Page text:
“J’étudie le théâtre et le français pour les majeures, et le cinéma pour le mineure.”
He wrote le théâtre/le cinéma on the board to give the other students a chance to write them down for the spelling. He asked the other questions to a few other random people around the room in the same manner, writing difficult words on the board. I wrote any word I didn’t already know in my notebook. He called on me again for something I like about French culture, and for something I detest. I laughed.
“J’aime le nourriture et le répas en tout cas, et quelque chose je déteste... j’essaie d’expliquer... Les gens avec les chiens... quand les chiens déféquent sur le terre, personne ne le ramasser jamais!”
Translation: I like the food and meals in every case, and something I hate... I’ll try to explain... People with dogs... when the dogs crap on the ground, no one picks it up!
As soon as I said déféquent, everyone in the room starting laughing and knew exactly what I was talking about. Thankfully, Fabian wrote the proper translation for the talking point of this issue on the board, so if anyone ever wants to go to a French city council and press the issue, here’s what you put on the docket: les crottes de chiens. Literally and politically correctly: the dog droppings. I’m not kidding, the dogs don’t just crap on the grass, oh no, it’s on the streets, the side walks, everywhere. To a dog (and it’s owner, unless you’re Dagny and Diane), the entirety of France is your toilet.
Fabian called on every single one of us for our favorite (or least favorite) French word or expression. I wrote down the ones I didn’t know. Here are the good ones from my notebook, and their translations. One in particular was pretty shocking because it sounds like a curse word in English.
un phoque = a seal (animal)
une cacahouète ou une cacahuète = peanut
Saperlipopette! = VERY OLD expression used when you’re surprised. Use to make your host family laugh and call you old fashioned.
coquet(te) = someone who’s all “dolled up” for a date (NOT someone who sleeps around)
Pamplemousse (grapefruit) had already been taken, which is one everyone says, and since I was going to end up being the last one called, I needed to come up with something else, so I said that I liked the expression “Tranquille, Émile!” because it rhymed. There was someone in the class that asked if that was a way to say “shut up.” (It actually means “calm down”) Oy vey... Someone else corrected her and said that it was like “Chill, Bill” in English. The issue with “shut up” led Fabian into a ten minute lesson on a whole bunch of different ways to tell someone to shut up, which was pretty epic.
Tais-toi! = to tell ONE person (or someone you know well) to shut up.
Taisez-vous! = to tell MORE THAN ONE person (or someone you don’t know well) to shut up.
Both of these forms are polite ways to tell someone to shut their pie holes.
Ferme ta bouche! = Shut your mouth! Slightly less polite.
Ta bouche! = Your mouth! (Shut is implied) More informal, less polite.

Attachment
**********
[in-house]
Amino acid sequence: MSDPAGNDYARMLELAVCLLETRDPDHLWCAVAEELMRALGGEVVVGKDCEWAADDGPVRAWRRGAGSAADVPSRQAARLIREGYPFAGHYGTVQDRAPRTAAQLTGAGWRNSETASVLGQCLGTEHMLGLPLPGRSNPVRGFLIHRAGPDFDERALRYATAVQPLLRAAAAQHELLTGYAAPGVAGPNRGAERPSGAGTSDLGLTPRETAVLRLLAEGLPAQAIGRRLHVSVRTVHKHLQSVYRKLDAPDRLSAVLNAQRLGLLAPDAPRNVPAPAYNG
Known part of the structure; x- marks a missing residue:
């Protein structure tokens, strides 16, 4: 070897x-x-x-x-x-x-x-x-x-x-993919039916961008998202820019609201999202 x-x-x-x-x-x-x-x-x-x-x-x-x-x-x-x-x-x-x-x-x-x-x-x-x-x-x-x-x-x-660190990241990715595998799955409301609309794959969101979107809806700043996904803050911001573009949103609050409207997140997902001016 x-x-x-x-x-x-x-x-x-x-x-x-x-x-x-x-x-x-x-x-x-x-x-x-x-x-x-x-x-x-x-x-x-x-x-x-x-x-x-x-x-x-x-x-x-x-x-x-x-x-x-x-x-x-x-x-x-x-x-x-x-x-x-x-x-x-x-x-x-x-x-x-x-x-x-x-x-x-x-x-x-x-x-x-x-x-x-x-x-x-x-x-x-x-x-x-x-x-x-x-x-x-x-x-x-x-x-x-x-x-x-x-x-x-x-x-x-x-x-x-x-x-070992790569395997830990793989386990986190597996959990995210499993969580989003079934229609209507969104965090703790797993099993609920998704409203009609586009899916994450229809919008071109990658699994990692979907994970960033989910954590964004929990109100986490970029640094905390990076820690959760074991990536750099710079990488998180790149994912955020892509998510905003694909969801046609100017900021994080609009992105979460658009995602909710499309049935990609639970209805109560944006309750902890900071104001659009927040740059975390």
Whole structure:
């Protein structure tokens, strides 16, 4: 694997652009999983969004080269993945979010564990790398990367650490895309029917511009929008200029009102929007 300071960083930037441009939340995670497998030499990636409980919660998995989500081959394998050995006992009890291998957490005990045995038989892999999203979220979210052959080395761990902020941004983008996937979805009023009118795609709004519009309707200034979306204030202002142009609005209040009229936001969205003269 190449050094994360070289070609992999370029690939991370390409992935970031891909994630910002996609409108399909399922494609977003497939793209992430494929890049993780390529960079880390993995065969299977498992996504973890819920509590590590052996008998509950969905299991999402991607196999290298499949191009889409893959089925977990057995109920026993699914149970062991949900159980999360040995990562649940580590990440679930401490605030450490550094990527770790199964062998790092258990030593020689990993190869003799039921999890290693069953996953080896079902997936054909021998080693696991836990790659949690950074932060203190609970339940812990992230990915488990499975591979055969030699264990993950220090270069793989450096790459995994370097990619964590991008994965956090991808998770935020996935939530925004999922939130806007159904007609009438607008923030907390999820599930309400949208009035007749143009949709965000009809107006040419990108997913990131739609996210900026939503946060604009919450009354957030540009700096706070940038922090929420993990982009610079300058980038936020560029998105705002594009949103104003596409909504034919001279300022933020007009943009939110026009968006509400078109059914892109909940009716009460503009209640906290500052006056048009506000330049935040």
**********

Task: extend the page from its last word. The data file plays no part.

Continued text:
Ferme-la! = Shut it! More formal, slightly more polite than the last one.
Ferme ta gueule! = Shut your animal mouth! Really impolite. Use on someone you don’t like.
Ferme ta boite à camembert! = Shut your Camembert box! This is something kids say.
That last one requires a little more explanation. Krystal said someone said that to her so she asked for its context. Camembert is a very stinky cheese, and is kept in a box. When you’re flapping your yappers like crazy, you’re making a stink. A child (in primary or middle school) will tell you to shut your stinky, cheesy mouth and put it back in its box. Fabian said we’d do a dictation soon (maybe tomorrow), where he’d read a paragraph, say virgule and expect us to write a comma in that space. I used to do that for my mom, so that should be easy. He had us make a chart in our notebooks of all of the punctuation marks, and then class was over.
Off to oral expression. Mme Geai gave us a list of topics to “choose” from, and we ended up deciding that we’d talk about food today, and stereotypes tomorrow. She definitely pitied me when I brought up my Celiac disease (oy vey), but praised me for figuring out some ways around it. She’s good at correcting people when we make little mistakes. I was scared of speaking up, and it took me a while to do it, but once I got going, I did alright. I didn’t make too many mistakes. I wrote down a couple new words relating to food in my notebook. Because Americans have dinner so early, Madame says we have to remanger (eat again) at night close to bed time. Eating something between meals (snacking) is grignoter. She also mentioned something about caramel au beurre salé (literally caramel of dirty butter, probably caramel made from brown butter) that looks pretty tasty. For lunch, all of us went to Carrefour to grab some little things. Rouge and I bought some chèvre (goat cheese) and some little sausages to go with the crackers I'd brought, then we split that. Pretty tasty, and for just under three euro a piece, super cheap.